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ESA’s Gaia Satellite Launched on Five-year Galaxy-mapping Mission
PARIS — Europe’s Gaia star-mapping satellite was successfully launched Dec. 19 aboard a Europeanized Russian Soyuz rocket from Europe’s South American spaceport in a mission that, after five years of operations, should result in a 3-D map of 1 billion stars in the Milky Way.
European Space Agency (ESA) project managers said the 2,030-kilogram satellite successfully separated from the Soyuz rocket’s Fregat upper stage and deployed its all-important sun shield.
The next step will be the first of two firings of Gaia’s on-board thrusters to propel it in the direction of the L2 Lagrangian point around the sun at a distance of 1.5 million kilometers from Earth. The second firing is scheduled for early January.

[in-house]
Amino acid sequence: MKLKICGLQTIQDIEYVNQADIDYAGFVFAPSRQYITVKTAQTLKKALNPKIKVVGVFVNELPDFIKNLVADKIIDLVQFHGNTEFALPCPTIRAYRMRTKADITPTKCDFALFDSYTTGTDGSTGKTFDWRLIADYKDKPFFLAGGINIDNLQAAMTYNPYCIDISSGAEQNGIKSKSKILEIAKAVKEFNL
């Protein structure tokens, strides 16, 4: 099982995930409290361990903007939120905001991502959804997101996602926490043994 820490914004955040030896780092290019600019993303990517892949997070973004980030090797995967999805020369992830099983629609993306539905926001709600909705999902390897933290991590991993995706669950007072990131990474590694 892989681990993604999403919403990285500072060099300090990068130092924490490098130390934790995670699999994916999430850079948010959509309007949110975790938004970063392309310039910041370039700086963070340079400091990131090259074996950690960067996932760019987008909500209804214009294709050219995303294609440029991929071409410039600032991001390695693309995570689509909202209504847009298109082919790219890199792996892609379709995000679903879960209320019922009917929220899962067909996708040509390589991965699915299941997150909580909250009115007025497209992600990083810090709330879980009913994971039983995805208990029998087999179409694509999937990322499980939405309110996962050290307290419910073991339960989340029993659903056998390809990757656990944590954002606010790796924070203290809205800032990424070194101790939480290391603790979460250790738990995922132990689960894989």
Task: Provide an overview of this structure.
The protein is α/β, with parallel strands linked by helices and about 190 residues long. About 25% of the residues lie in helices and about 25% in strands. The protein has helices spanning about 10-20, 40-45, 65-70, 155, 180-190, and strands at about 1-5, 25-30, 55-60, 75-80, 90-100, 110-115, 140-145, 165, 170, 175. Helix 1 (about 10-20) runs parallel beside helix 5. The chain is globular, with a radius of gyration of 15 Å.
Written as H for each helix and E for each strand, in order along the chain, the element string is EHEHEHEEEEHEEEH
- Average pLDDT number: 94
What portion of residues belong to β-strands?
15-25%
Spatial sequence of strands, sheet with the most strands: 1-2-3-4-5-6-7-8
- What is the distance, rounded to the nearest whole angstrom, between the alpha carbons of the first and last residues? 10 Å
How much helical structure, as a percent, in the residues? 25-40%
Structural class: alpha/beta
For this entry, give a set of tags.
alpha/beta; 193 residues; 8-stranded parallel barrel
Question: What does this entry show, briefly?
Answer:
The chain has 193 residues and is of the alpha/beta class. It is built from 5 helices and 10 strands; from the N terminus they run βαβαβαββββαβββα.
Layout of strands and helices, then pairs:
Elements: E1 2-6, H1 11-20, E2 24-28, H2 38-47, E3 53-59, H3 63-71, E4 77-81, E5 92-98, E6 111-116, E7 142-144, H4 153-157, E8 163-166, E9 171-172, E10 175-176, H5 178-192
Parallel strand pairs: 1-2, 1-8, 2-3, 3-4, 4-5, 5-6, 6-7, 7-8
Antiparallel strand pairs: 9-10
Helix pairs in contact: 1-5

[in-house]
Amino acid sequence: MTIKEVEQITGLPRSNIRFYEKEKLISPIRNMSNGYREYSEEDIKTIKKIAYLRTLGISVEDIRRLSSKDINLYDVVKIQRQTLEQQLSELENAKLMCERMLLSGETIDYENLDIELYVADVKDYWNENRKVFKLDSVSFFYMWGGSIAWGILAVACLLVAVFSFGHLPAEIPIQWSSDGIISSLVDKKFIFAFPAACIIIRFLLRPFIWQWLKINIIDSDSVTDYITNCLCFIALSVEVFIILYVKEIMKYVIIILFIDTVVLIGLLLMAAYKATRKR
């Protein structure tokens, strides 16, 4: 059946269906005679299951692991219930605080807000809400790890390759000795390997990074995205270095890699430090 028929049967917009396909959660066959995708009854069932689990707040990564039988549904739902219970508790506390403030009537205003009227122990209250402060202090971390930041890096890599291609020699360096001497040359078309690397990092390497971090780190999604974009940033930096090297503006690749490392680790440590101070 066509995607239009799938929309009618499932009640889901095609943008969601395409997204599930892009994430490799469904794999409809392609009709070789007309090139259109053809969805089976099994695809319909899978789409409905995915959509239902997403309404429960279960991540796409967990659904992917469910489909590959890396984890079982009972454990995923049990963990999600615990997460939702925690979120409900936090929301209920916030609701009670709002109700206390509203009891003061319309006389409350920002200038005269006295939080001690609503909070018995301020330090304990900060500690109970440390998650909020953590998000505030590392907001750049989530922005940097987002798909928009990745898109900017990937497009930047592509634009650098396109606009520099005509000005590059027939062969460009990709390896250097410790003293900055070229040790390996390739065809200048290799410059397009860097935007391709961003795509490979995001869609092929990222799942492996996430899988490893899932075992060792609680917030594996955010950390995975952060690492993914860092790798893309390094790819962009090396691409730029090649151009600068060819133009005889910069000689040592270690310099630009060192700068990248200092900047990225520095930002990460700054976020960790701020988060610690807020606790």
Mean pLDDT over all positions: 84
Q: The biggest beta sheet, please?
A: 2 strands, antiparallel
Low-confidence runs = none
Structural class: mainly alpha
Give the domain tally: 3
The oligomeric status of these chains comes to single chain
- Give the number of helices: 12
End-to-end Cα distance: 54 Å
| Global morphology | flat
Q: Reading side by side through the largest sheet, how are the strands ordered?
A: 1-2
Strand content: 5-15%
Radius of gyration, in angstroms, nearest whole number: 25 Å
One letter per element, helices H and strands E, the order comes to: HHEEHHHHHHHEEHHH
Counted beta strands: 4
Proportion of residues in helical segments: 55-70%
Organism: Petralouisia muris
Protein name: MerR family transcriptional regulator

Gaia will then begin four months of testing of its instruments as it travels to its operating point and the April start of a five-year operational mission that will see it taking, on average, 70 images of the same star as it builds the billion-star catalog.
Gaia’s planned October launch had been moved to mid-December to allow time to repair a suspected defect in a digital timing device — the same device that forced a delay, to early 2014, in the launch of four O3b Networks Ka-band broadband communications satellites.
Built by Astrium Satellites, which changed its name to Airbus Defense and Space on Jan. 1, Gaia required seven years to develop. Collecting Gaia’s voluminous harvest — estimated at 40 gigabytes per day — and developing a coherent catalog will be the job of the multinational Data Processing and Analysis Consortium (DPAC) and its six processing centers, all located in Europe.
Gaia cost around 950 million euros, or $1.3 billion at current exchange rates, a figure that includes its manufacture, launch and operations. DPAC has spent an additional 200 million euros preparing for the torrent of Gaia data, with more spending to start once the satellite is at L2 and starts sending data.
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